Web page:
PubMed ID
11734437 View in PubMed
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Acute illnesses in children. A description and analysis of parents' perception of illness threat.

https://arctichealth.org/en/permalink/ahliterature35879
Source
Scand J Prim Health Care. 1994 Mar;12(1):15-9
Publication Type
Article
Date
Mar-1994
Author
B W Hansen
Author Affiliation
Institute of Community Health, Department of General Practice, Odense.
Source
Scand J Prim Health Care. 1994 Mar;12(1):15-9
Date
Mar-1994
Language
English
Publication Type
Article
Keywords
Acute Disease
Child
Child, Preschool
Female
Humans
Infant
Male
Parents - psychology
Perception
Questionnaires
Regression Analysis
Sampling Studies
Stress, Psychological - psychology
Abstract
OBJECTIVES--To identify families in which the parents reported the child's illness as particularly stressful (high perception of illness threat), and to find out which health problems the parents perceive as particularly threatening. DESIGN--The parents registered the diagnosis and perception of illness threat in relation to the child's latest illness within a four-week retrospective period. Selected psychosocial conditions of the families were recorded in the same questionnaire. SETTING--18,949 families with at least one child under the age of 8 years, resident in the County of Ringkøbing in western Denmark at 1 March 1988. SUBJECTS--An age-stratified random sample of 1982 families was entered in the study. 85% of the families returned the questionnaire. RESULTS--There was a considerable variation in the parents' perception of illness threat. On the basis of a score it was possible to group parents with a high, medium, and low perception of illness threat. Every fourth family reported a high perception of illness threat. A multivariate analysis, with a high perception of illness threat as dependent and selected psychosocial conditions and the diagnosis as independent variables, led to the following main results: 1) parents with a high perception of the general health threat ("worried" parents) most frequently reported a high perception of illness threat, 2) the diagnoses were decisive; in particular, inflammation in the middle ear, bronchitis, pneumonia, and accidents led to the parents' reporting a high perception of illness threat, 3) parents without experience of children and children's illnesses more frequently perceived an actual illness as a high illness threat than parents with this experience, 4) parents more frequently perceive an illness in girls as a high illness threat. CONCLUSIONS--"Worried" parents, without experience of children and children's illnesses, perceive the child's latest illness as a high illness threat. These families need special care.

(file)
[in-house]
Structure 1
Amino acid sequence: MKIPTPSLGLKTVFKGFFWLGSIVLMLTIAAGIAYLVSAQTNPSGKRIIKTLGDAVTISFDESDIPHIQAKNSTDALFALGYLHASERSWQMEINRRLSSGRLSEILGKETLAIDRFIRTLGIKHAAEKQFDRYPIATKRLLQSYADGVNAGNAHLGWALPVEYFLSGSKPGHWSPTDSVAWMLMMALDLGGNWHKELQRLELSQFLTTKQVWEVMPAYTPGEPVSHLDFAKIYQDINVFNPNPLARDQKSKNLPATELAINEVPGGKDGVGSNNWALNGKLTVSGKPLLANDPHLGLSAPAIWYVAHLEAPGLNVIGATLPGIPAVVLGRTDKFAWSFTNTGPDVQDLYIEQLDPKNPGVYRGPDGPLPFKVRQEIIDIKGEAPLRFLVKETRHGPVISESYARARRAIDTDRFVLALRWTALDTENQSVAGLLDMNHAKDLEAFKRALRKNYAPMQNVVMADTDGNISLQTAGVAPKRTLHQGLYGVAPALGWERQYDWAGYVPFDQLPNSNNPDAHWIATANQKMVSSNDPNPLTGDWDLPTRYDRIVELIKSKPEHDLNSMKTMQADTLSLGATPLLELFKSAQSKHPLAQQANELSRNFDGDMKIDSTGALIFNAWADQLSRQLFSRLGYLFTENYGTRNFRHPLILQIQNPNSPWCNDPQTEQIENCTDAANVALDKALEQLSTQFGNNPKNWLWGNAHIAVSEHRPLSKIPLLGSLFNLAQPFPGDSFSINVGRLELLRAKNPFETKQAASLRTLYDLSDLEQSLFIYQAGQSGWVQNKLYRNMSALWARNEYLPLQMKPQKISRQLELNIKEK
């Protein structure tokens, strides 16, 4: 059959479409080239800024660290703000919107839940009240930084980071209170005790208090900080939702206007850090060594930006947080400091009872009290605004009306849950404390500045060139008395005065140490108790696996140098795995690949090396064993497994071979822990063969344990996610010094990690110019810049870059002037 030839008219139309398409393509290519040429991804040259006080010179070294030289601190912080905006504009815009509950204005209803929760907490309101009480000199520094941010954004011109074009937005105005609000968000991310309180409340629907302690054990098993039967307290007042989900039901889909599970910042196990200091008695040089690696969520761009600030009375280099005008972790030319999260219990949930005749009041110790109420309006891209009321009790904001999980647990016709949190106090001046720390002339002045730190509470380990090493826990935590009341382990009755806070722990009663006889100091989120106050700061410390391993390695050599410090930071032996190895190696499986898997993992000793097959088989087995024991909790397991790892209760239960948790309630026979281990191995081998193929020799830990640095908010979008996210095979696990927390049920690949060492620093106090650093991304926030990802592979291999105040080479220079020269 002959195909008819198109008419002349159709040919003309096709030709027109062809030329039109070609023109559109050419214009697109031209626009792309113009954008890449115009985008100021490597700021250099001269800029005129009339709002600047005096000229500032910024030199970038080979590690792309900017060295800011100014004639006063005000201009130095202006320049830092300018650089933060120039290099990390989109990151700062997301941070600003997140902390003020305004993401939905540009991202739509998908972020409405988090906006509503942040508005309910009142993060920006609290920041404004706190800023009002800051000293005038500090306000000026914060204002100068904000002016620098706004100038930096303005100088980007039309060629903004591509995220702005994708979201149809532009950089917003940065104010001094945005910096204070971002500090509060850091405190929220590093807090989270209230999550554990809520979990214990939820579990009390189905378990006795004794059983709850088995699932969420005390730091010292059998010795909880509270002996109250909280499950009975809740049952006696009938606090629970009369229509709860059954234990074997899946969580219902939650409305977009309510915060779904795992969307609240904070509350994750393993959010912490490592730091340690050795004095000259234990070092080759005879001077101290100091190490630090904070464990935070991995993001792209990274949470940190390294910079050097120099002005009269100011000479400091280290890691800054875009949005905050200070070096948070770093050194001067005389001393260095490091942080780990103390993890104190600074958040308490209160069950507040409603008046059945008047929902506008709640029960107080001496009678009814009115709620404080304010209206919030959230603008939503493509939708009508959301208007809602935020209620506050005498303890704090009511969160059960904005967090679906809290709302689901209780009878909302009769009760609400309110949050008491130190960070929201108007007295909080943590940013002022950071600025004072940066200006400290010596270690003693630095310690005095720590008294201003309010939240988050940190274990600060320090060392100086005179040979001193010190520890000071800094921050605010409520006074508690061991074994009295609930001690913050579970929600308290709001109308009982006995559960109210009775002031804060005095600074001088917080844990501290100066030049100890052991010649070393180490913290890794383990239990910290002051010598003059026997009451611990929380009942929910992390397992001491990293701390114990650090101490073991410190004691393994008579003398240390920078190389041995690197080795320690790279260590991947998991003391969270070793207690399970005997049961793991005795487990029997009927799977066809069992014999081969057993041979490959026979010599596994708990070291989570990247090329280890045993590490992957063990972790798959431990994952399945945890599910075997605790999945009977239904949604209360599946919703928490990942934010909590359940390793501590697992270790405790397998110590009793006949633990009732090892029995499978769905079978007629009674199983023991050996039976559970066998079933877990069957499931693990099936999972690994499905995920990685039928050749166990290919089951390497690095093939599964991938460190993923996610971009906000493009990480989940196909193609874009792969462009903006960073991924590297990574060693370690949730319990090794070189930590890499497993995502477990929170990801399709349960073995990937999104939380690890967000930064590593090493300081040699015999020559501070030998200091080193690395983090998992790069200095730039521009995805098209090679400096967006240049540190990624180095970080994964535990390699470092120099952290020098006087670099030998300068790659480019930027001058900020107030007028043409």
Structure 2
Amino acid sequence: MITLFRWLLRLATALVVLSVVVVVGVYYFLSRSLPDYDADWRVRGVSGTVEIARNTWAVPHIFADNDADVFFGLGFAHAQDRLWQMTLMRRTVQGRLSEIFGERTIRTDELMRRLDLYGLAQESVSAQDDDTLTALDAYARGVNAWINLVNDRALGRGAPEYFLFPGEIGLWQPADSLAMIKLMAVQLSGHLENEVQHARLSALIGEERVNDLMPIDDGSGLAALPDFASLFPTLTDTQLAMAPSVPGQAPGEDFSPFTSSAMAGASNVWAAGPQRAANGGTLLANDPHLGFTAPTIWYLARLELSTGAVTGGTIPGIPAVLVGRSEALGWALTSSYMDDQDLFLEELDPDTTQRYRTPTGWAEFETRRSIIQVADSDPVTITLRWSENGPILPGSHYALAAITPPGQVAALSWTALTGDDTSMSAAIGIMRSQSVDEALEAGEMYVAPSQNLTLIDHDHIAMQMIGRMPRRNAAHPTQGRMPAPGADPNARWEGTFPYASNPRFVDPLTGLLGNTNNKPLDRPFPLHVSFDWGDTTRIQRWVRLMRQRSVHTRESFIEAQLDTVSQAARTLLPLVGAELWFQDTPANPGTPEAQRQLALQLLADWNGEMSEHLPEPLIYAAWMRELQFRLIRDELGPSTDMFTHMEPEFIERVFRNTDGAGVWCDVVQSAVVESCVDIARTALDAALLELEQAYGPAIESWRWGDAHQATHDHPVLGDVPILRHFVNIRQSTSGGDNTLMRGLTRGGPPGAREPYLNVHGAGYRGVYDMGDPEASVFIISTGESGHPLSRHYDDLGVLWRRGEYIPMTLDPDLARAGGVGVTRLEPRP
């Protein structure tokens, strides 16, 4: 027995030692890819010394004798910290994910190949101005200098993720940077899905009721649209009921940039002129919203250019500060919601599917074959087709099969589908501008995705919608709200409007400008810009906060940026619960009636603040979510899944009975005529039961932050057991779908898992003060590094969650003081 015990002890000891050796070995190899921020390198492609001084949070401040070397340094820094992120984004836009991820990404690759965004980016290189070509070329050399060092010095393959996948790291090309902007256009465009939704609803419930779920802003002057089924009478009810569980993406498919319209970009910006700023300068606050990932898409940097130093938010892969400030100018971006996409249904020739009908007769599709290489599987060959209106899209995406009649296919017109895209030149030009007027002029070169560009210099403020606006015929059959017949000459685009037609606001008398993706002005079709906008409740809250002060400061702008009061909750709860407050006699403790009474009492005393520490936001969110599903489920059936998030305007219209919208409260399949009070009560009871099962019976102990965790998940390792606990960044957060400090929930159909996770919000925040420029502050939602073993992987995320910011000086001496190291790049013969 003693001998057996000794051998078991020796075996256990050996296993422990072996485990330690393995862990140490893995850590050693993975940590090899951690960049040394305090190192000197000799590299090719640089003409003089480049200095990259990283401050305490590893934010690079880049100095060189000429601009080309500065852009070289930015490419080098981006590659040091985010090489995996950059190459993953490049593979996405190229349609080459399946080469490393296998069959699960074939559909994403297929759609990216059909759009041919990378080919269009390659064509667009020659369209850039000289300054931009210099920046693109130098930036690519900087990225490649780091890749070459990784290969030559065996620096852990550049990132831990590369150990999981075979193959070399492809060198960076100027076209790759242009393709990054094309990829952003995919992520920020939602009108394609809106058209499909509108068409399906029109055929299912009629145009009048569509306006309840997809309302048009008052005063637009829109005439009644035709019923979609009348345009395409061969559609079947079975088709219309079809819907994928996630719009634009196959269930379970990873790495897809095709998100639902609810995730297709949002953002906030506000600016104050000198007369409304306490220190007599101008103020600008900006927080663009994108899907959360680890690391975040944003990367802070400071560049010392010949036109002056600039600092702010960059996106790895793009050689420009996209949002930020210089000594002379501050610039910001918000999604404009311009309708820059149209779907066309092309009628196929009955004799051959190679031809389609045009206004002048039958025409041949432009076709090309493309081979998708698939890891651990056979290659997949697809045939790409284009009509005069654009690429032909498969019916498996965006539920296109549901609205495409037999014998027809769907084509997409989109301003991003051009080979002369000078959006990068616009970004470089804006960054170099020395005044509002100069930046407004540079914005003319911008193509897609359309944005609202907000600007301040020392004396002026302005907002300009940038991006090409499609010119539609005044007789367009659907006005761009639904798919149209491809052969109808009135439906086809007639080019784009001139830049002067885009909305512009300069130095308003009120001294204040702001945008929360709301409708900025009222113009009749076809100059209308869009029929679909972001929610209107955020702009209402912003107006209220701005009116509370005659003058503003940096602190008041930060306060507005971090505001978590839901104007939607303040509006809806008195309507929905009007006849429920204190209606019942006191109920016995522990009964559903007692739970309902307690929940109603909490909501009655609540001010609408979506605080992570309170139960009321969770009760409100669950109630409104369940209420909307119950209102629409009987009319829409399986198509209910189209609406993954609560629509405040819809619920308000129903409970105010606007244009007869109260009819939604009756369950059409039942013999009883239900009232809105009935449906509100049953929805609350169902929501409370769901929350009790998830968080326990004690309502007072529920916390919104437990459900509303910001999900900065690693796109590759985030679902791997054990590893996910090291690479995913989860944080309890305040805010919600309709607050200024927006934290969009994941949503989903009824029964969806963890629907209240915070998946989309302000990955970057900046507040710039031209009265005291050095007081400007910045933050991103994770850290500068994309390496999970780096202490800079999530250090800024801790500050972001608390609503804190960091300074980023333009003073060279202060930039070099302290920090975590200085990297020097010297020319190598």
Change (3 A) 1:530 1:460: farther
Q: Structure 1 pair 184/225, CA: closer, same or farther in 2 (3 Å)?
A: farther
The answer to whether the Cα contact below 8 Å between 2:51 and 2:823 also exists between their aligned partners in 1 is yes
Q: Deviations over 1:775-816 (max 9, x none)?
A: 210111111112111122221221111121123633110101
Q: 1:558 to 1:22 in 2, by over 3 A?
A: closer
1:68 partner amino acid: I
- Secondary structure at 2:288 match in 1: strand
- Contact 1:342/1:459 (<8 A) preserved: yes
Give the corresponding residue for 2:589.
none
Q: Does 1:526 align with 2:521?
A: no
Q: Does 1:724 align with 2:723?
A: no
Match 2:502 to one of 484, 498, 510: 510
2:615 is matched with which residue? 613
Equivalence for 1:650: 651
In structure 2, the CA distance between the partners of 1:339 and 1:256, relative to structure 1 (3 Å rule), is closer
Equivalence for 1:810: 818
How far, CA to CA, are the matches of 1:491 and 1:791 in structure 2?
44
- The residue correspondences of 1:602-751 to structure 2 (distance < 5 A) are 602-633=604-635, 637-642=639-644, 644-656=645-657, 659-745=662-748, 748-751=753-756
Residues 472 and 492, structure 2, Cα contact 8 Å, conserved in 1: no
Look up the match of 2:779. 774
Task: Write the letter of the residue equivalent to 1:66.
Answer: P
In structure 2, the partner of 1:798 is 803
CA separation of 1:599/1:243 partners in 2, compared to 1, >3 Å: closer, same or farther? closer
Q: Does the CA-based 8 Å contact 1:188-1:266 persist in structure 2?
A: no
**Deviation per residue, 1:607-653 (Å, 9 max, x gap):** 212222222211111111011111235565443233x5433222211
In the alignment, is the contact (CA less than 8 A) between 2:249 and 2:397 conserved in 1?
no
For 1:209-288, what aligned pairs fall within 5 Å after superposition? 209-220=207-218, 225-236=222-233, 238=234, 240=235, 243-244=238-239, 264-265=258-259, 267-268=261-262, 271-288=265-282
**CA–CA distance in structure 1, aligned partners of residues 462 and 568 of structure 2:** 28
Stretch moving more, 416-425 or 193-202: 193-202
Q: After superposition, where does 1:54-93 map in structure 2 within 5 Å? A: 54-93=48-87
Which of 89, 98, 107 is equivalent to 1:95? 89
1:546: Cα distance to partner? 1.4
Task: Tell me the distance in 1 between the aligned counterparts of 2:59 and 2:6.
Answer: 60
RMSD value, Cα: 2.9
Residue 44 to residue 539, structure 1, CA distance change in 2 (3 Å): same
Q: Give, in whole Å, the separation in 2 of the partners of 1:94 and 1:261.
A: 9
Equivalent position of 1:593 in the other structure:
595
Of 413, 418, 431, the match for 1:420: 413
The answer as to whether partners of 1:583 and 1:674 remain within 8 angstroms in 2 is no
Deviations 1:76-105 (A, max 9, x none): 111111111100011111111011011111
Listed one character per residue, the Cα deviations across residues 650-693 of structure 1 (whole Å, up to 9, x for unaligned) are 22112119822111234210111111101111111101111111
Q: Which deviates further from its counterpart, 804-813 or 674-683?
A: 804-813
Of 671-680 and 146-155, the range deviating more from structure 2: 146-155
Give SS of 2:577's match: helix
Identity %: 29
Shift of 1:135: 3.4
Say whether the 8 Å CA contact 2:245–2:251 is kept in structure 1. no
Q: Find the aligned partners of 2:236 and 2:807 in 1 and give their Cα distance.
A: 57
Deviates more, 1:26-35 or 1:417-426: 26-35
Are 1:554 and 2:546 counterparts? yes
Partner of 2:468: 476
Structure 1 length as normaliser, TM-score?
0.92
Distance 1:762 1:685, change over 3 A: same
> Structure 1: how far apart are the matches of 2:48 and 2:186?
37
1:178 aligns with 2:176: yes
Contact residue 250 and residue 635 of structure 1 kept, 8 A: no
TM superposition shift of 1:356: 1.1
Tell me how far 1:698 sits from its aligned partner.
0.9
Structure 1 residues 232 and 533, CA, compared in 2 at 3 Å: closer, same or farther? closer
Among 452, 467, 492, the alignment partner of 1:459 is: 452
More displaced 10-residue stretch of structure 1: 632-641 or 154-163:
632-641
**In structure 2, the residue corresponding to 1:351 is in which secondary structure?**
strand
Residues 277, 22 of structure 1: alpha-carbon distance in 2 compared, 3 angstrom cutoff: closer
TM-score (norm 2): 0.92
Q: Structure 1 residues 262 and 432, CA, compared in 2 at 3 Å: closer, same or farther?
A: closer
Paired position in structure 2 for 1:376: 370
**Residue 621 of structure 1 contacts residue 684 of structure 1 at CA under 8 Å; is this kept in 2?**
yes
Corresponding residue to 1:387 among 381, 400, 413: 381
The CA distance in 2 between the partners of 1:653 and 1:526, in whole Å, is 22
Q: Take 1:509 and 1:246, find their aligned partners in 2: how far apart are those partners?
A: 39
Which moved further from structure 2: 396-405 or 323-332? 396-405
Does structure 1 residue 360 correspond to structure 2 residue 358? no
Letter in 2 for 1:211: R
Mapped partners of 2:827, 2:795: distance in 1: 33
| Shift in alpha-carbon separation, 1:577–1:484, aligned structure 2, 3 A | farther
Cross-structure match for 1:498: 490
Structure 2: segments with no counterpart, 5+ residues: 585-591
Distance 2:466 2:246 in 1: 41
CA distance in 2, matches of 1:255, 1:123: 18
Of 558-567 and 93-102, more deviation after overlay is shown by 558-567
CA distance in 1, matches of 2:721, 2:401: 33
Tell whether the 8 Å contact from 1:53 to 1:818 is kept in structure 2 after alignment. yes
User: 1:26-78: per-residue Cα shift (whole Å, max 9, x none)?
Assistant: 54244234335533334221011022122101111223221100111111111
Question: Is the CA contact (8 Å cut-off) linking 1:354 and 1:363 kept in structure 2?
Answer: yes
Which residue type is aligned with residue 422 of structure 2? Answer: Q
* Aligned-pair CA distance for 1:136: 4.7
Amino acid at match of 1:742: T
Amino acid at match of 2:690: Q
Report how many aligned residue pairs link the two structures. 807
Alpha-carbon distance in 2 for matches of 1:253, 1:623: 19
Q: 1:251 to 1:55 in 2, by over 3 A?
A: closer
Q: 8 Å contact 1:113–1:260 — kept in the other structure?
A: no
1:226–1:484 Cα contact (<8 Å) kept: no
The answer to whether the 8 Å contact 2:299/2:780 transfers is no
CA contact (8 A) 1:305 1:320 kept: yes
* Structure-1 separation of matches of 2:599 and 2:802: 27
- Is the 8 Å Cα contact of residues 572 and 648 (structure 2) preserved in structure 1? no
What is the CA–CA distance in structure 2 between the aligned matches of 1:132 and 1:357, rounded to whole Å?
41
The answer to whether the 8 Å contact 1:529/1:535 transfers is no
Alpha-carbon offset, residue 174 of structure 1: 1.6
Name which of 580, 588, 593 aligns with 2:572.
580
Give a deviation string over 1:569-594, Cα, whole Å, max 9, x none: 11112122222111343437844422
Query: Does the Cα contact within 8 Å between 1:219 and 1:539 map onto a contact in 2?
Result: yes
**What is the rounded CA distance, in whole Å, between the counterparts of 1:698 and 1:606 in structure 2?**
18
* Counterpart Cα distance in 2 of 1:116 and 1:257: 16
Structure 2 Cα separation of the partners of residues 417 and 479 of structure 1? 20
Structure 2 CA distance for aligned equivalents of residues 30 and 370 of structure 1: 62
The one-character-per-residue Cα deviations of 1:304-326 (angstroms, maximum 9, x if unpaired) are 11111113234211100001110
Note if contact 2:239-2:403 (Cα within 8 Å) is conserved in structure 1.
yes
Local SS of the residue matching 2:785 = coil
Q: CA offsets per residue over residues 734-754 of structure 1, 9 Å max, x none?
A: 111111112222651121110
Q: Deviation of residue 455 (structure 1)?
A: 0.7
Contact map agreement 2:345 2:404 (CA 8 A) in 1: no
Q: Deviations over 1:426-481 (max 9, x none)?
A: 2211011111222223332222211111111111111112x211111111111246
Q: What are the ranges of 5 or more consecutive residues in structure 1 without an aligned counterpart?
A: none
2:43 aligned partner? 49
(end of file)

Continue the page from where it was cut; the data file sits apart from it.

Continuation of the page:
PubMed ID
8009094 View in PubMed
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Acute illnesses in children. A description and analysis of the cumulative incidence proportion.

https://arctichealth.org/en/permalink/ahliterature36143
Source
Scand J Prim Health Care. 1993 Sep;11(3):202-6
Publication Type
Article
Date
Sep-1993
Author
B W Hansen
Author Affiliation
Institute of Community Health, Department of General Practice, Odense, Denmark.
Source
Scand J Prim Health Care. 1993 Sep;11(3):202-6
Date
Sep-1993
Language
English
Publication Type
Article
Keywords
Acute Disease - epidemiology
Age Factors
Child
Child, Preschool
Denmark - epidemiology
Humans
Incidence
Infant
Models, Statistical
Morbidity
Multivariate Analysis
Odds Ratio
Prospective Studies
Recurrence
Regression Analysis
Risk factors
Social Conditions
Abstract
OBJECTIVES--To describe parent-reported morbidity in relation to the psycho-social conditions of the families and to characterize families whose children are frequently ill. DESIGN--The parent-reported morbidity in a two-month prospective period, and the psychosocial conditions of the families were registered by means of a questionnaire. The conditioned probability of parents' reporting an episode of illness was estimated by means of logistic regression analysis, taking the psycho-social conditions into consideration. SETTING--18,949 families with at least one child under the age of 8 years, resident in the County of Ringkjøbing in western Denmark at 1 March 1988. SUBJECTS--An age-stratified random sample of 1982 families was entered in the study. 1588 (82%) families returned the questionnaire. RESULTS--The parents reported considerable morbidity in their children. The cumulative incidence proportion (CIP) for the period was 48%. The multivariate analysis of the parent-reported morbidity led to the following main results: 1) the morbidity was greatest for children aged 6 to 18 months, after which it decreased with age, 2) there was interaction between the care conditions and the child's age--CIP for children up to two years was largest for the children who were cared for in daycare, while the CIP for the older children was largest for the children who were cared for at home, 3) if the parents reported that the child's siblings suffered from chronic or frequently recurring morbidity, the child's morbidity rate was significantly increased, 4) mothers with higher education reported more morbidity in their children than mothers without this education, and 5) parents with a high perception of the general health threat ("worried" parents) reported more morbidity than did parents with a low perception. CONCLUSIONS--The results made it possible to characterize families whose children were frequently reported ill.
PubMed ID
8272653 View in PubMed
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Acute impacts of extreme temperature exposure on emergency room admissions related to mental and behavior disorders in Toronto, Canada.

https://arctichealth.org/en/permalink/ahliterature256377